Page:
MBA or Coding Bootcamp? 4 Questions to Help You Decide

06/27/2016 06:56 pm ET Updated Aug 27, 2016

You have your business school offer in the bag, you’ve attended the admitted students day, but then you hear a friend just spent 12 weeks learning to code and received a six figure offer. Do you stay the course and get your MBA, or switch gears and enroll in a coding school instead?

More and more recent grads are finding themselves making a choice between an MBA or a coding bootcamp. It’s not a surprise, the average graduate salary from coding bootcamps is around $70,000 after an investment of $10,000 - $17,000 in tuition, with some programs seeing average starting salaries for grads north of $100,000.

Despite the salary numbers though, it’s not a clear cut decision. So how should you decide between business school and a coding bootcamp?

What Are Your Career Goals?

Do you plan to work in tech? While large tech firms like Google and Facebook are hiring more employees with diverse education and experience backgrounds, the vast majority of their hires, and the core of their companies, remain software engineers or product managers with strong technical skills.

If your goal is to be an entrepreneur and launch your own venture out of business school in any tech-oriented field, coding skills can be key. When you can code, you can prototype and experiment, identify new opportunities sooner, build an engineering team and attract investors - all vital to building a successful startup. If you can’t, then you’ll need to find a technical co-founder and rely on others for those skills.

However, if you’re more firmly focused on finance (investment banking, private equity, etc.), consulting, or real estate then business school is likely a better choice. While even these fields are beginning to be disrupted by technology, the majority of companies still tend to favor (and sometime require) applicants with an MBA.

How Much Financial Assistance Will You Need?

While tuition at most coding schools is usually less expensive, you’ll need to find the funding yourself. Currently, federal financial aid is not available for coding programs and most coding schools do not have financial aid staff like business schools do. However, there are a growing number of innovative financing options available and some coding schools also offer scholarships. For example, Codesmith has a scholarship for applicants from backgrounds underrepresented in technology.

If you decide a coding program is the right fit and you’re not in a position to write a check, be prepared to do some work to line up financing.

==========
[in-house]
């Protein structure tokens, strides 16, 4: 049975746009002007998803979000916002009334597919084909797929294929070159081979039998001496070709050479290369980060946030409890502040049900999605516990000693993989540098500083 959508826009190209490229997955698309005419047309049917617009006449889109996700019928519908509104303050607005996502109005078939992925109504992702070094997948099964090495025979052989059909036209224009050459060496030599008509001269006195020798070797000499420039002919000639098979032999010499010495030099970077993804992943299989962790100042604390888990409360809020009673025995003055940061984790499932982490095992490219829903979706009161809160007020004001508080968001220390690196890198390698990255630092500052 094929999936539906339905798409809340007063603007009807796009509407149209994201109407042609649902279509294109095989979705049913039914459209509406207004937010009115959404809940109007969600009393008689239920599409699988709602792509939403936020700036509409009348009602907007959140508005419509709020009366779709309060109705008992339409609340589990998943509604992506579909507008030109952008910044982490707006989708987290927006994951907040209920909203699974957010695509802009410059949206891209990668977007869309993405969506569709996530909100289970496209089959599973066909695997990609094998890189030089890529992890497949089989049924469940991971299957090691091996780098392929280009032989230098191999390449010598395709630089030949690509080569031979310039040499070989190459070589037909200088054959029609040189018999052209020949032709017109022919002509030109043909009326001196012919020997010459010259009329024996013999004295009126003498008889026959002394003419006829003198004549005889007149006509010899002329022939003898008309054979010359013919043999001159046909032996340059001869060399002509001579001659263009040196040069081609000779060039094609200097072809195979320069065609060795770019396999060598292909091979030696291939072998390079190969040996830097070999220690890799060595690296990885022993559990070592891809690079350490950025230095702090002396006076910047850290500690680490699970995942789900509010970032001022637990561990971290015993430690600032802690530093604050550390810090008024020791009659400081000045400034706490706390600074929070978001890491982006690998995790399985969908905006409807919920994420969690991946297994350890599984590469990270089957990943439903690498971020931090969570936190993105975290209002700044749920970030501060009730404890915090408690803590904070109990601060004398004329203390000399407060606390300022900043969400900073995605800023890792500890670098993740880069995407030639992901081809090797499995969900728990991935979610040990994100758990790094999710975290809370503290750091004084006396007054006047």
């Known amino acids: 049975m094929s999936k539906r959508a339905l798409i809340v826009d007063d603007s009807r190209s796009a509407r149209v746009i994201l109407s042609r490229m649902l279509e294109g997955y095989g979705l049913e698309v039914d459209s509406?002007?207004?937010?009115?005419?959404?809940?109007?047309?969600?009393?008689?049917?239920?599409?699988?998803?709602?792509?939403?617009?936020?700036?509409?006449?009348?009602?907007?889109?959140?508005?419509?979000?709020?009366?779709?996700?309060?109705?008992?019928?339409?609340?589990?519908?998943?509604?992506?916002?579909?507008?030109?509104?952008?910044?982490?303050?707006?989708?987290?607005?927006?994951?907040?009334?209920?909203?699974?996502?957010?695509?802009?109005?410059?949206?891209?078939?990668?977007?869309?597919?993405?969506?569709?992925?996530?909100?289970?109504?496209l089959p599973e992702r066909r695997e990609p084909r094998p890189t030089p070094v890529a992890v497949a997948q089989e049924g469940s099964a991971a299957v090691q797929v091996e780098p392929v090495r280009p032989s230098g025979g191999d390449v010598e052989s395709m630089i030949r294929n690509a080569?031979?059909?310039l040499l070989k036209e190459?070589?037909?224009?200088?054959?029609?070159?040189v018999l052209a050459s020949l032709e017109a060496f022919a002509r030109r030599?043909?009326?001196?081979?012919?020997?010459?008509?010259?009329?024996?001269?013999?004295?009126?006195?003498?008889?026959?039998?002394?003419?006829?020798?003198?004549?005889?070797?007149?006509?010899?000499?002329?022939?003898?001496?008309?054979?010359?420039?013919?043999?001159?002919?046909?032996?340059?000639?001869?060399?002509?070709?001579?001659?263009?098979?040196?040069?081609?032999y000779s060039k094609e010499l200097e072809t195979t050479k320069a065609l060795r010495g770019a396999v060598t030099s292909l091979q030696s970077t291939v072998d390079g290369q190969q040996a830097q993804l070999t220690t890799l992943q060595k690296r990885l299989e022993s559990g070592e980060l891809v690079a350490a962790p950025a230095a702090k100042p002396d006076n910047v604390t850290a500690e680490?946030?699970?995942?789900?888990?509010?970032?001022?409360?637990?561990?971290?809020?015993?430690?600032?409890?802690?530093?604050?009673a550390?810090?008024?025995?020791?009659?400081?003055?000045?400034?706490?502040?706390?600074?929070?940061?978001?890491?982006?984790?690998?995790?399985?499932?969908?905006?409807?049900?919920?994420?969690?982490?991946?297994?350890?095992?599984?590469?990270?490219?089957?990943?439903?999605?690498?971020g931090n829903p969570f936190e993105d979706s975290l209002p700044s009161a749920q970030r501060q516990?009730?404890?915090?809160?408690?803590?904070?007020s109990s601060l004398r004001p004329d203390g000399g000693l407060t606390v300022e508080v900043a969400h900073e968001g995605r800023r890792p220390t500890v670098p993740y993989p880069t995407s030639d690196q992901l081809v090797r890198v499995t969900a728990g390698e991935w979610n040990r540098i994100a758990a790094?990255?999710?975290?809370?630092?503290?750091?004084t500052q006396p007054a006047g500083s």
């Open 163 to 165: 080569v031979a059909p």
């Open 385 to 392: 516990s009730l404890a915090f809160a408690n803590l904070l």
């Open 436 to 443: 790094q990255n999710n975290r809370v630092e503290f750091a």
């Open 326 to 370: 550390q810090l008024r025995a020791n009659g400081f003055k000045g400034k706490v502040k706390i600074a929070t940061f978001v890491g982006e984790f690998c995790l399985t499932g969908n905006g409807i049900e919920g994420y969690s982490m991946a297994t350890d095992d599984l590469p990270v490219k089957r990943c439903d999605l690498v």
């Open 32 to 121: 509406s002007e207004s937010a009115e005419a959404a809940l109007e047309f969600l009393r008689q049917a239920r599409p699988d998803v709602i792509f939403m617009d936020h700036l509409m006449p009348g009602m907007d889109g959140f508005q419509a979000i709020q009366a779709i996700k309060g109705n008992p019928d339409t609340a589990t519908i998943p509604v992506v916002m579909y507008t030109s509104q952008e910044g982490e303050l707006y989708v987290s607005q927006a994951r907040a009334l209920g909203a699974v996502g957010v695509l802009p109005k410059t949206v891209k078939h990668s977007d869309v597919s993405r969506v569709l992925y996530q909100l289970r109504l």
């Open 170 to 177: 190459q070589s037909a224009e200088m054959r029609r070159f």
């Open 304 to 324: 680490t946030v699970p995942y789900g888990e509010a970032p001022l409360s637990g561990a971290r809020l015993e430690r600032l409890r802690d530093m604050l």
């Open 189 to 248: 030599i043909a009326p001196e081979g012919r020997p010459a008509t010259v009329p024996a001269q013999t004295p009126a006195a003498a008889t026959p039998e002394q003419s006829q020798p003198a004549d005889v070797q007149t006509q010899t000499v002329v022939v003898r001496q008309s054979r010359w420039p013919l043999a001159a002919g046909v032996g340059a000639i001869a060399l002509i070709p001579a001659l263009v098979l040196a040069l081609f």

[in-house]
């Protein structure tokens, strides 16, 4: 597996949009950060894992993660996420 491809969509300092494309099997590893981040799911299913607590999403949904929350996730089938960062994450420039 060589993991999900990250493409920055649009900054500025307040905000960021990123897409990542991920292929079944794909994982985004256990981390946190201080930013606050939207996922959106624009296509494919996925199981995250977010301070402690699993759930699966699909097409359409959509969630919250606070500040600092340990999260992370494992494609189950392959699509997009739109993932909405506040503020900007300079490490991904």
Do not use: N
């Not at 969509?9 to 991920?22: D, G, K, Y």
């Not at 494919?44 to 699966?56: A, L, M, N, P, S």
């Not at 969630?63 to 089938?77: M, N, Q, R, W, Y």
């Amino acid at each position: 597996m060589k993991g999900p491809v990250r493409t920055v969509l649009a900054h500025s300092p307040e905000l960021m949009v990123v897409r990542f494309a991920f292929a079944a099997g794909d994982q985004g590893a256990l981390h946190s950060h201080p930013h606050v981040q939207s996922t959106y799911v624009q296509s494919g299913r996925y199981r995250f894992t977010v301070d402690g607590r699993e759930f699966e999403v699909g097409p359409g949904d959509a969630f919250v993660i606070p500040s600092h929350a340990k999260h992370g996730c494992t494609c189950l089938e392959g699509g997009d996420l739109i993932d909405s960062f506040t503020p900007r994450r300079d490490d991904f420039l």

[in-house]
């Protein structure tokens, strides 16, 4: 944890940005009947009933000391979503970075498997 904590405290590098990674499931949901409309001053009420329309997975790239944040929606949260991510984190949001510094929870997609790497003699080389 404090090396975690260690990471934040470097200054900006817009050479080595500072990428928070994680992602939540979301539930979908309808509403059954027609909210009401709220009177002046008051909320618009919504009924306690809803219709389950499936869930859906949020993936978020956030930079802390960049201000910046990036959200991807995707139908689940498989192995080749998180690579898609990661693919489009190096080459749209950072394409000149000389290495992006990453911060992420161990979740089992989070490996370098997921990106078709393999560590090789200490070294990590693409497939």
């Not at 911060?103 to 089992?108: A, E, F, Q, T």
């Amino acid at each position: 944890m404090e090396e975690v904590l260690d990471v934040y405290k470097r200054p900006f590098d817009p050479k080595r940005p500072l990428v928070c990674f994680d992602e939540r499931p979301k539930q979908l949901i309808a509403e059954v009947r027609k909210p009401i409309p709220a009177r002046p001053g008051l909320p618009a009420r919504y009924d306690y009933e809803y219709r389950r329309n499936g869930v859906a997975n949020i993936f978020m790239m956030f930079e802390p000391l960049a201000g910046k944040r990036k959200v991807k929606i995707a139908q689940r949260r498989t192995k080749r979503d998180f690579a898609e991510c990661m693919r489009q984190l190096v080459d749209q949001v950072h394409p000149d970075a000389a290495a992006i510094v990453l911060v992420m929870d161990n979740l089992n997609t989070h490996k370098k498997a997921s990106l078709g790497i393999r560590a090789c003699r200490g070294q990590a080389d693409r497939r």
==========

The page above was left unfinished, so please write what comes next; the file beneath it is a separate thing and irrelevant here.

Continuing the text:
What Type Of Learning Environment Do You Like?

The essence of coding bootcamps is a focus on learning through building. MBA programs increasingly have real-world projects, but such projects are often a small subset of the core lecture and theoretical case study format. It’s often not until a graduate is on the job that they begin applying what they learned during their program. At a coding school, the lectures provide the theory students will be putting into practice in their project work later that day.

From a time commitment standpoint, coding schools are extremely demanding. In the most intense programs, students must be on campus 9am-8pm Monday to Saturday with many students staying until 11pm every night and sometimes sleeping over. Because so much learning is condensed into a matter of months, it can be a frenetic pace and require considerable self motivation to keep up with the work day in and day out. If you are more comfortable in the traditional four courses, 12 credit hours a semester format, then an MBA may be a better fit.

How Important Is A Diploma From An Established B-School To You?

Coding bootcamps are still fairly new, meaning the curriculum evolves and they have somewhat of a ‘start-up’ feel, unlike more established business schools, some of which have been around for more than a hundred years (the Wharton School of the University of Pennsylvania was established in 1881).

Upon successful completion of an MBA program, you will have earned a degree. However, coding schools do not offer a diploma or certificate. At the end of your program, hiring outcomes will be what you have to show for your hard work.

While an MBA can be a point of pride, it doesn’t always impress employers. In fact, Facebook COO Sheryl Sandberg recently said, “...degrees are always secondary to skills.”

Still not clear if an MBA program or a coding bootcamp is the way to go? Consider doing both. You may be able to fit a coding program into your summer before or after graduation. You may even be able to get time off from regular class and attend a program for credit.

Coding programs are just starting to give people the tools to be part of this community and it’s still early days. So as you make your decision, weigh all these factors closely, ask graduates about their experiences then once decided, prepare for this exciting next step wherever your path takes you.

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